Israel Will Soon Be Home To The World's Tallest Solar Tower

A staggering 50,000 mirrors will harness the sun's energy.

Israel has traditionally ignored renewable energy as a source of power, despite being in a geographical location that makes it ideal for solar energy.

Well now things are changing, as the country will soon be home to the world’s tallest solar tower.

Bright Source Energy

At 250 metres tall, the Ashalim solar thermal power plant will create enough electricity to power 130,000 homes or 1.6 per cent of Israel’s entire energy needs.

The vast project uses 50,000 computer-controlled heliostats surrounding the tower to direct the sun’s rays to a central tower in the middle.

This then heats water stored in a boiler at the top of the tower turning it to steam which in turn fuels a turbine creating the electricity.

Bright Source Energy

This is all part of Israel’s big plan to get renewable energy providing 10 per cent of its electricity needs by 2020.

The solar tower is actually just one part of a four massive plots which will make up the Ashalim project.

Other plots will contain an energy storage plant which will allow the field to store excess energy overnight.

Bright Source Energy

A more traditional photovoltaic plot will then directly convert the sun’s light into electricity.

By using all three methods makers Bright Source Energy believe Ashalim can provide as much energy as the vast solar thermal plants in California.

While shorter, the California fields are much much larger. Ivanpah Dry Lake in California uses 347,000 computer-controlled mirrors to focus sunlight onto boilers on top of three 459-foot towers.

Incredible Green Innovations That Are Changing Our World:

Coffee Becomes More Than Your Morning Pick-Me-Up
RJ Sangosti via Getty Images
That daily Starbucks is doing so much more than powering you through the day (and acting as occasional garden fertiliser): coffee waste is being turned into home cleaning products, clothing, furniture and biofuels.

Take London-based company, bio bean, which aims to convert the 200,000 tonnes of waste coffee grounds annually produced in London into sustainable, zero-waste, carbon-neutral fuels to reduce greenhouse gas emissions.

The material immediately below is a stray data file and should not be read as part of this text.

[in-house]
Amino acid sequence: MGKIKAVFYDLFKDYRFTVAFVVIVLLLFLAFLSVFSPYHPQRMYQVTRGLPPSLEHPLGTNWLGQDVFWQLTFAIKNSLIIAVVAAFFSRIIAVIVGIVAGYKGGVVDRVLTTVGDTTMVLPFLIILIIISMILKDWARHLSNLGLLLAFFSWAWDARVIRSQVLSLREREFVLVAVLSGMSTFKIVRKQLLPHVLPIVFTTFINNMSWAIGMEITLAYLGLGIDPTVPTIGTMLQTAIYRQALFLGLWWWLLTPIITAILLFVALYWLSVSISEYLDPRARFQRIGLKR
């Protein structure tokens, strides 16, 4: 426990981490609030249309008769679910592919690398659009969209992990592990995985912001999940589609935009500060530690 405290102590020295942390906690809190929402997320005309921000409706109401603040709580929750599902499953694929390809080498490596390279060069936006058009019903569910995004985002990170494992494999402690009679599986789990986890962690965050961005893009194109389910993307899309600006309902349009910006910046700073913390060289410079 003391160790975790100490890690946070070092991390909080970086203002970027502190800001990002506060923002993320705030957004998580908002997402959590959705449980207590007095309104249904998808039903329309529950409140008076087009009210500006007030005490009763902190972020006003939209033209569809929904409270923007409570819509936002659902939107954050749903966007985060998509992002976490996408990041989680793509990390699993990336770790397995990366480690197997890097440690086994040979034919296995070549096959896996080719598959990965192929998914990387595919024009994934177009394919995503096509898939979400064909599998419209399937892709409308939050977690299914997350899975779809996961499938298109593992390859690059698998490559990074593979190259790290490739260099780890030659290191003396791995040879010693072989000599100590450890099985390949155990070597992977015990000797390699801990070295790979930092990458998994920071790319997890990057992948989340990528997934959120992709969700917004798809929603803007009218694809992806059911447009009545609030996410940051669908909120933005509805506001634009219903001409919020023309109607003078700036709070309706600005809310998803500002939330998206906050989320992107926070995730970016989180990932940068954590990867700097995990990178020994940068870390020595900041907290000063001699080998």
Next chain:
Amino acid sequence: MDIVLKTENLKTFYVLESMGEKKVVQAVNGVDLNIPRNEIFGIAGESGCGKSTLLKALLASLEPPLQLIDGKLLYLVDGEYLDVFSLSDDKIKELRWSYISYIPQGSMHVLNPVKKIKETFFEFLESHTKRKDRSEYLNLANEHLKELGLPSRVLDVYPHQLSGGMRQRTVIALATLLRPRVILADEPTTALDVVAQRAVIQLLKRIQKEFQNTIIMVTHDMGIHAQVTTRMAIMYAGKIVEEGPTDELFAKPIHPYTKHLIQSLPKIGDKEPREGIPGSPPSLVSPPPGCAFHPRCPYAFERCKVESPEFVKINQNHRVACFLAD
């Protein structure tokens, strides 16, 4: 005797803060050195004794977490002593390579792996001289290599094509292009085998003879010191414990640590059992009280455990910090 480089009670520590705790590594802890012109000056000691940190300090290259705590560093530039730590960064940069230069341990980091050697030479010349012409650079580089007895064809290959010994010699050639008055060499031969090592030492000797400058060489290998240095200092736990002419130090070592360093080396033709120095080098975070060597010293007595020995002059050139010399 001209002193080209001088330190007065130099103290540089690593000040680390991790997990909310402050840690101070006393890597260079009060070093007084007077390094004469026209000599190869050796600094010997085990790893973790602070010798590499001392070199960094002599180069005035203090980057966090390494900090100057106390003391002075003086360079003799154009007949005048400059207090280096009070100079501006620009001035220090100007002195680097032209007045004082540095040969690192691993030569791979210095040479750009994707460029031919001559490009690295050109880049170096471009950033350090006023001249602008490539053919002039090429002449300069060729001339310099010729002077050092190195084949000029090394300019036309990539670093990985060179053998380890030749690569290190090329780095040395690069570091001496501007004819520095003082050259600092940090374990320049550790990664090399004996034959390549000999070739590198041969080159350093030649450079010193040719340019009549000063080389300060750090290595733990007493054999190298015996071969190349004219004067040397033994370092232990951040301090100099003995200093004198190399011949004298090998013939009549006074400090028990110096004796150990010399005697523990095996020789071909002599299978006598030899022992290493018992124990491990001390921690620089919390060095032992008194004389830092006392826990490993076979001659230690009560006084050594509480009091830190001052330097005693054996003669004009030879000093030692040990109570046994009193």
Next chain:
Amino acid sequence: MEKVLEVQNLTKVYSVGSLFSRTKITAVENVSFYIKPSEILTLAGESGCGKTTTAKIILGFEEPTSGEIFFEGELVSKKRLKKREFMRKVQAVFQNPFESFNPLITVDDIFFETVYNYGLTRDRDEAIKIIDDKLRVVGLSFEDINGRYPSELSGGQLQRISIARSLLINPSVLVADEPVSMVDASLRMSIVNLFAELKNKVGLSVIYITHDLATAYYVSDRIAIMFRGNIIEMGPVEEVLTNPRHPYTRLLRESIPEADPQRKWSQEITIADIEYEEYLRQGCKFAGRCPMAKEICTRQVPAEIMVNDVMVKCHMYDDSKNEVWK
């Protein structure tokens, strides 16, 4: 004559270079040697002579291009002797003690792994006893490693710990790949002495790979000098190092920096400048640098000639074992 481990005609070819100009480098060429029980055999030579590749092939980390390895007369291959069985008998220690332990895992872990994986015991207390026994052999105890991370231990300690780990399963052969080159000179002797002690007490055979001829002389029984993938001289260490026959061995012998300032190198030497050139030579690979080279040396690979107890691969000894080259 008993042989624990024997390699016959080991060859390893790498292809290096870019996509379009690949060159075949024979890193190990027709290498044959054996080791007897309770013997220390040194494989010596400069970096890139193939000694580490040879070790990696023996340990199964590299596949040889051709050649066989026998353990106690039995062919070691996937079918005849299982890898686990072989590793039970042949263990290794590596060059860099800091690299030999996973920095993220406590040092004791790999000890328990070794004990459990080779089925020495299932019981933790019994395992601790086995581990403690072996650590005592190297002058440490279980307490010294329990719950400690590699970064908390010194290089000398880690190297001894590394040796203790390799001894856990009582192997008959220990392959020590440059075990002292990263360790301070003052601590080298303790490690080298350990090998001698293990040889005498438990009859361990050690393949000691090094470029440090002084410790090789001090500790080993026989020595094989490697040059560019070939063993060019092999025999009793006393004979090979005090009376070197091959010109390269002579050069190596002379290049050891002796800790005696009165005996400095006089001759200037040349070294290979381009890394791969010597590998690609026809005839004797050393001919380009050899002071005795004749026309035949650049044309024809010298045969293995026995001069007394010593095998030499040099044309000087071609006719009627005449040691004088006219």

The company has built the first coffee recycling factory in the UK - which can process 50,000 tonnes of waste a year - to transform the grounds into bio-mass pellets, which are perfect for heating up the UK's buildings. Powering transportation is also on the agenda: the company remains carbon-neutral by using its biofuel to power its fleet of trucks.

"Coffee is an incredible plant, full of energy. The result is that bio-bean's Coffee Logs burn longer and hotter than wood, getting people everywhere #poweredbycoffee," says CEO Arthur Kay. Did we mention it costs half of what wood or charcoal does?

"bio-bean works with waste management companies to collect coffee waste at an industrial scale and recycle it into biodiesel, biomass pellets and our newest products, Coffee Logs. Coffee Logs are a local, sustainable alternative to woody biomass and fossil fuels," says Kay. Smells like a winner - and the accolades the brand has racked up confirm it.
Electric Cars
Miles Willis via Getty Images
Fact: electric cars are the way of the future. They've become more and more popular in recent years and we’ll be seeing an increase of them on our streets in the months and years to come - in fact, even Uber fans will be able to hitch a battery-powered ride in London from September, thanks to a new fleet of 50 electric cars available in the capital.

EVs are a smart choice for good reason: they help to cut toxic air pollution, they can save you cash (the UK government offers a plug-in car grant of 35% off the cost of a car, there is no vehicle tax charge on EVs and they are also eligible for a 100% discount on London’s Congestion Charge). Some London boroughs also offer free or reduced-fare parking for EVs.

Other benefits? They can be charged at home (the government offers grants up to 75% towards the cost and installation of a home charge point) or at a public charging bay, making petrol and diesel a thing of the past.

Want to change your energy consumption habits without skimping on looks or convenience? Then you’ll want to know about the Nissan LEAF, an 100% electric hatchback that’s a leader in the zero-emissions vehicle market.

With a range of up to 155 miles from a single charge (thanks to a larger capacity battery pack at 30 kWh), you can charge the LEAF at home or on the go.

Your wallet will thank you, too: no more petrol costs or oil changes, and fewer fuel costs overall (as well as all of those government grants EV owners are eligible for).

Whatever your needs: daily school run, occasional weekend getaway or a car that helps you run errands when you need to, electric cars like the Nissan LEAF can simplify your life. Oh, and in case you're worried you won't like driving one, don't be: a floor-mounted battery pack lowers your centre of gravity for a smooth ride.